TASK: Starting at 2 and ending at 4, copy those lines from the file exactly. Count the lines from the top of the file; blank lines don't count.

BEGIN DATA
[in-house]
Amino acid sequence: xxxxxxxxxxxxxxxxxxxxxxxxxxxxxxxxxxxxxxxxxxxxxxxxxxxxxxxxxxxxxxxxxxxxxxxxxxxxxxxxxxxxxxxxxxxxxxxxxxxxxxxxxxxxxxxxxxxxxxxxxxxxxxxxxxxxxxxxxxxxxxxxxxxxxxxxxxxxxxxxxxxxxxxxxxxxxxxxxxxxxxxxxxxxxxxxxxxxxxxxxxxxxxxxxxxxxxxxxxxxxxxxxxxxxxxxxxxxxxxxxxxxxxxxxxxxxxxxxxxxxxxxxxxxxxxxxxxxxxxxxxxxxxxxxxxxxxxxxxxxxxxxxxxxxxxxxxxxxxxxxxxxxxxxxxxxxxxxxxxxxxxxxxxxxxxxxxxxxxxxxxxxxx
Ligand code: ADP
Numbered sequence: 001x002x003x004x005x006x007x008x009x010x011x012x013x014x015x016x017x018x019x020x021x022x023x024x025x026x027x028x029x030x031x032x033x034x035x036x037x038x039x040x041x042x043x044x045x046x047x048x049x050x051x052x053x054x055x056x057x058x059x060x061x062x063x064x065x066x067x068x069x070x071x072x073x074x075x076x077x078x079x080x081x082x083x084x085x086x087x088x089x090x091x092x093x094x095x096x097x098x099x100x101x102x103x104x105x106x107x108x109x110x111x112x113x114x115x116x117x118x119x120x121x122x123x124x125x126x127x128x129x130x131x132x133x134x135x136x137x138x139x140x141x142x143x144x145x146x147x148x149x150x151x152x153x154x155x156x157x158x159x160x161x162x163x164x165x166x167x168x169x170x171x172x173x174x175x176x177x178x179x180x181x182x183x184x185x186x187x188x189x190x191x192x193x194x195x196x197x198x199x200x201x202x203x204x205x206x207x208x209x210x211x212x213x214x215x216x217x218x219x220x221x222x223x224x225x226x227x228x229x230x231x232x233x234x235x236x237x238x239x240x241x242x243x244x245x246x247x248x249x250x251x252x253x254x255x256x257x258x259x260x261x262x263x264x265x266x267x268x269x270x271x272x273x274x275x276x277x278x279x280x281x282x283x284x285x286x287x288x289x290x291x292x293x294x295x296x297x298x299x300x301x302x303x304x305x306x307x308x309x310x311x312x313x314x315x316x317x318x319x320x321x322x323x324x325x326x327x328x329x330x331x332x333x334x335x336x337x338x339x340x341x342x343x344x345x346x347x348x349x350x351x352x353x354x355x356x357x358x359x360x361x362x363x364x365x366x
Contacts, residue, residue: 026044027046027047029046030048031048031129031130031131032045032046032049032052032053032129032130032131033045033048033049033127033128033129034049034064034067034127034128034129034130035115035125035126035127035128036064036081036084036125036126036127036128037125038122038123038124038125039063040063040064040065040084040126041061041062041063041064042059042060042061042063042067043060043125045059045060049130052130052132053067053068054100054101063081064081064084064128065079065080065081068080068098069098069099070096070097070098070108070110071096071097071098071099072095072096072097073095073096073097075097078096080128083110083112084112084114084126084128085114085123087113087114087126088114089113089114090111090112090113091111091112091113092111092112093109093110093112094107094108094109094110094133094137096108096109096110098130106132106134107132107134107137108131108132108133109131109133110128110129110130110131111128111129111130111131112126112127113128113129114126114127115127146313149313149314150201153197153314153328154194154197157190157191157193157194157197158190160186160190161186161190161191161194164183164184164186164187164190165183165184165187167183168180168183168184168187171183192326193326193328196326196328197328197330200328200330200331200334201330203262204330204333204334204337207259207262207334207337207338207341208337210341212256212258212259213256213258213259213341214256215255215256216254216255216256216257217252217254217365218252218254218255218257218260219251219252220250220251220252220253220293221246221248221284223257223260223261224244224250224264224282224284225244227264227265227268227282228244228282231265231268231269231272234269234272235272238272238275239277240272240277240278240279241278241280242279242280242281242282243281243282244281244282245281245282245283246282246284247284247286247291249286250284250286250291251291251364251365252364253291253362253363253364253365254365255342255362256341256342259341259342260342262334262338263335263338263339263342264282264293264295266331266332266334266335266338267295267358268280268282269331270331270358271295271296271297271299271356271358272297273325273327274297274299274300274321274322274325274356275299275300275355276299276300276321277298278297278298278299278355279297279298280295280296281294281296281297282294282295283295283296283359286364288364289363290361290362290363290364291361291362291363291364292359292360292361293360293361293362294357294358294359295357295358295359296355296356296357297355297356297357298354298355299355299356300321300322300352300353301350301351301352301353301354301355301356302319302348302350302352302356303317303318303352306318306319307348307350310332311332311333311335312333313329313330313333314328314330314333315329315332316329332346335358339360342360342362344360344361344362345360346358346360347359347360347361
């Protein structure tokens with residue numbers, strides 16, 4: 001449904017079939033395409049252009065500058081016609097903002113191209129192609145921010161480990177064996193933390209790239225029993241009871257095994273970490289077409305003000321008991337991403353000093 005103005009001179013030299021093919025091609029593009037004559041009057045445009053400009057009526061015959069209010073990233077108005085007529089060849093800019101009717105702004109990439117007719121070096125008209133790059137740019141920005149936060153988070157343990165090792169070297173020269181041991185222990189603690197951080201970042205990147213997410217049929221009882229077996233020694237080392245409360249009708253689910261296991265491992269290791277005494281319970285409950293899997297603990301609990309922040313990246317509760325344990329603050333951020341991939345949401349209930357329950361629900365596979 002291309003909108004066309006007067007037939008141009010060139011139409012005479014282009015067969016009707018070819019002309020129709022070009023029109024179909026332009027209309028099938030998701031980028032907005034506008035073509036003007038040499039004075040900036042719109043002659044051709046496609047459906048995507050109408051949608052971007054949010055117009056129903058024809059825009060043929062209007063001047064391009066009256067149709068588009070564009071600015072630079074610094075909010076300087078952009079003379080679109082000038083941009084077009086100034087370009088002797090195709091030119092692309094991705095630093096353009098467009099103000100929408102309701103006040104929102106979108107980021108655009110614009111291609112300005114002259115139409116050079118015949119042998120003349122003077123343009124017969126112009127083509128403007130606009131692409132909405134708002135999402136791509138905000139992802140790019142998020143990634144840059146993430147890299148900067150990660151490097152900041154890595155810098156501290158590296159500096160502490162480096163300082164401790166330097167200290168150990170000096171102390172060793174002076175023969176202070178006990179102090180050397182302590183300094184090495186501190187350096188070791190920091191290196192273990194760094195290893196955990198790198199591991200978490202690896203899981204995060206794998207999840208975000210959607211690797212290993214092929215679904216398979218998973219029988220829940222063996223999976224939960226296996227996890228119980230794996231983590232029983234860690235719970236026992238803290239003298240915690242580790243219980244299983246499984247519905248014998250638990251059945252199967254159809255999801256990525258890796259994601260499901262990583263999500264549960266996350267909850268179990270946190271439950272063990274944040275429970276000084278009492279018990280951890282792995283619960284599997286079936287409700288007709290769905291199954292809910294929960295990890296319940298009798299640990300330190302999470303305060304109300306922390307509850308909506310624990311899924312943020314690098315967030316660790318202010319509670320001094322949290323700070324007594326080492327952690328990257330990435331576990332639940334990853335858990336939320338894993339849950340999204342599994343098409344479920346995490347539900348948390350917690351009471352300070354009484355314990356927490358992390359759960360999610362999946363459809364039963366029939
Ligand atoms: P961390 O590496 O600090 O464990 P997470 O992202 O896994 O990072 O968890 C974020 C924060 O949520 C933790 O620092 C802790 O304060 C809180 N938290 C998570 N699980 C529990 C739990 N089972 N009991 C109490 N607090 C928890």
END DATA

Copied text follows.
Amino acid sequence: xxxxxxxxxxxxxxxxxxxxxxxxxxxxxxxxxxxxxxxxxxxxxxxxxxxxxxxxxxxxxxxxxxxxxxxxxxxxxxxxxxxxxxxxxxxxxxxxxxxxxxxxxxxxxxxxxxxxxxxxxxxxxxxxxxxxxxxxxxxxxxxxxxxxxxxxxxxxxxxxxxxxxxxxxxxxxxxxxxxxxxxxxxxxxxxxxxxxxxxxxxxxxxxxxxxxxxxxxxxxxxxxxxxxxxxxxxxxxxxxxxxxxxxxxxxxxxxxxxxxxxxxxxxxxxxxxxxxxxxxxxxxxxxxxxxxxxxxxxxxxxxxxxxxxxxxxxxxxxxxxxxxxxxxxxxxxxxxxxxxxxxxxxxxxxxxxxxxxxxxxxxxxx
Ligand code: ADP
Numbered sequence: 001x002x003x004x005x006x007x008x009x010x011x012x013x014x015x016x017x018x019x020x021x022x023x024x025x026x027x028x029x030x031x032x033x034x035x036x037x038x039x040x041x042x043x044x045x046x047x048x049x050x051x052x053x054x055x056x057x058x059x060x061x062x063x064x065x066x067x068x069x070x071x072x073x074x075x076x077x078x079x080x081x082x083x084x085x086x087x088x089x090x091x092x093x094x095x096x097x098x099x100x101x102x103x104x105x106x107x108x109x110x111x112x113x114x115x116x117x118x119x120x121x122x123x124x125x126x127x128x129x130x131x132x133x134x135x136x137x138x139x140x141x142x143x144x145x146x147x148x149x150x151x152x153x154x155x156x157x158x159x160x161x162x163x164x165x166x167x168x169x170x171x172x173x174x175x176x177x178x179x180x181x182x183x184x185x186x187x188x189x190x191x192x193x194x195x196x197x198x199x200x201x202x203x204x205x206x207x208x209x210x211x212x213x214x215x216x217x218x219x220x221x222x223x224x225x226x227x228x229x230x231x232x233x234x235x236x237x238x239x240x241x242x243x244x245x246x247x248x249x250x251x252x253x254x255x256x257x258x259x260x261x262x263x264x265x266x267x268x269x270x271x272x273x274x275x276x277x278x279x280x281x282x283x284x285x286x287x288x289x290x291x292x293x294x295x296x297x298x299x300x301x302x303x304x305x306x307x308x309x310x311x312x313x314x315x316x317x318x319x320x321x322x323x324x325x326x327x328x329x330x331x332x333x334x335x336x337x338x339x340x341x342x343x344x345x346x347x348x349x350x351x352x353x354x355x356x357x358x359x360x361x362x363x364x365x366x